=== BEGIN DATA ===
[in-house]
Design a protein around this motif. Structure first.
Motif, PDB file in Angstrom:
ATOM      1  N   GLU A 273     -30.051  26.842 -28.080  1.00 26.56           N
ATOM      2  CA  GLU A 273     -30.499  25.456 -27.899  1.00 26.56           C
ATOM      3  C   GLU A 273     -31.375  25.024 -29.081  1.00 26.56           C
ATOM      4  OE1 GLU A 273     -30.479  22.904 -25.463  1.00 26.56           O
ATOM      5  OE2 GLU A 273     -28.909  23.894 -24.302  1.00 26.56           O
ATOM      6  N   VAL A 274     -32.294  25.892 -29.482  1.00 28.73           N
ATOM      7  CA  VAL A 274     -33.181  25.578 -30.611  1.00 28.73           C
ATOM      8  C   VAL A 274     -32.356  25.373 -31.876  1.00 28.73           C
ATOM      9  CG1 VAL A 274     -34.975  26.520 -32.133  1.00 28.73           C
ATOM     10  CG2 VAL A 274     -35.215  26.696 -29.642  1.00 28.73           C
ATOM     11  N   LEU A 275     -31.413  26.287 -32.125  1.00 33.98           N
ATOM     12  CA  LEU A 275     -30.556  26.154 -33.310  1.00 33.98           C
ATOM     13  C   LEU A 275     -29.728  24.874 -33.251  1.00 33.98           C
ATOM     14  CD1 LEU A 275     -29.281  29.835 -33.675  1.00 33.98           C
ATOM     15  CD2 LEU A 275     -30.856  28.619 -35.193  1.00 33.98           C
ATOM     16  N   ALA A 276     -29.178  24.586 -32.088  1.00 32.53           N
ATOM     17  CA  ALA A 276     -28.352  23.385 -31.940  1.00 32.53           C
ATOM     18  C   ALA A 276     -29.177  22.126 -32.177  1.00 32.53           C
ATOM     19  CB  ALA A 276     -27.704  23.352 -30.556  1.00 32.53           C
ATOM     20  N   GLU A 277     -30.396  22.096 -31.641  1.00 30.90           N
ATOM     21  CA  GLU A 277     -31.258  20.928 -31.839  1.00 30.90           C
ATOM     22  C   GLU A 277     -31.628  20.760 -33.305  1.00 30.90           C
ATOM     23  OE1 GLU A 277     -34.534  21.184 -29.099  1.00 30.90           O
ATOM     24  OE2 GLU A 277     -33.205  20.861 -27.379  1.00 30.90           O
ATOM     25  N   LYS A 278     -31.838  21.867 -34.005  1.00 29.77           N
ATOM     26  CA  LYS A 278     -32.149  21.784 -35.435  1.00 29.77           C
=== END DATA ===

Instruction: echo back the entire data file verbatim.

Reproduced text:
[in-house]
Design a protein around this motif. Structure first.
Motif, PDB file in Angstrom:
ATOM      1  N   GLU A 273     -30.051  26.842 -28.080  1.00 26.56           N
ATOM      2  CA  GLU A 273     -30.499  25.456 -27.899  1.00 26.56           C
ATOM      3  C   GLU A 273     -31.375  25.024 -29.081  1.00 26.56           C
ATOM      4  OE1 GLU A 273     -30.479  22.904 -25.463  1.00 26.56           O
ATOM      5  OE2 GLU A 273     -28.909  23.894 -24.302  1.00 26.56           O
ATOM      6  N   VAL A 274     -32.294  25.892 -29.482  1.00 28.73           N
ATOM      7  CA  VAL A 274     -33.181  25.578 -30.611  1.00 28.73           C
ATOM      8  C   VAL A 274     -32.356  25.373 -31.876  1.00 28.73           C
ATOM      9  CG1 VAL A 274     -34.975  26.520 -32.133  1.00 28.73           C
ATOM     10  CG2 VAL A 274     -35.215  26.696 -29.642  1.00 28.73           C
ATOM     11  N   LEU A 275     -31.413  26.287 -32.125  1.00 33.98           N
ATOM     12  CA  LEU A 275     -30.556  26.154 -33.310  1.00 33.98           C
ATOM     13  C   LEU A 275     -29.728  24.874 -33.251  1.00 33.98           C
ATOM     14  CD1 LEU A 275     -29.281  29.835 -33.675  1.00 33.98           C
ATOM     15  CD2 LEU A 275     -30.856  28.619 -35.193  1.00 33.98           C
ATOM     16  N   ALA A 276     -29.178  24.586 -32.088  1.00 32.53           N
ATOM     17  CA  ALA A 276     -28.352  23.385 -31.940  1.00 32.53           C
ATOM     18  C   ALA A 276     -29.177  22.126 -32.177  1.00 32.53           C
ATOM     19  CB  ALA A 276     -27.704  23.352 -30.556  1.00 32.53           C
ATOM     20  N   GLU A 277     -30.396  22.096 -31.641  1.00 30.90           N
ATOM     21  CA  GLU A 277     -31.258  20.928 -31.839  1.00 30.90           C
ATOM     22  C   GLU A 277     -31.628  20.760 -33.305  1.00 30.90           C
ATOM     23  OE1 GLU A 277     -34.534  21.184 -29.099  1.00 30.90           O
ATOM     24  OE2 GLU A 277     -33.205  20.861 -27.379  1.00 30.90           O
ATOM     25  N   LYS A 278     -31.838  21.867 -34.005  1.00 29.77           N
ATOM     26  CA  LYS A 278     -32.149  21.784 -35.435  1.00 29.77           C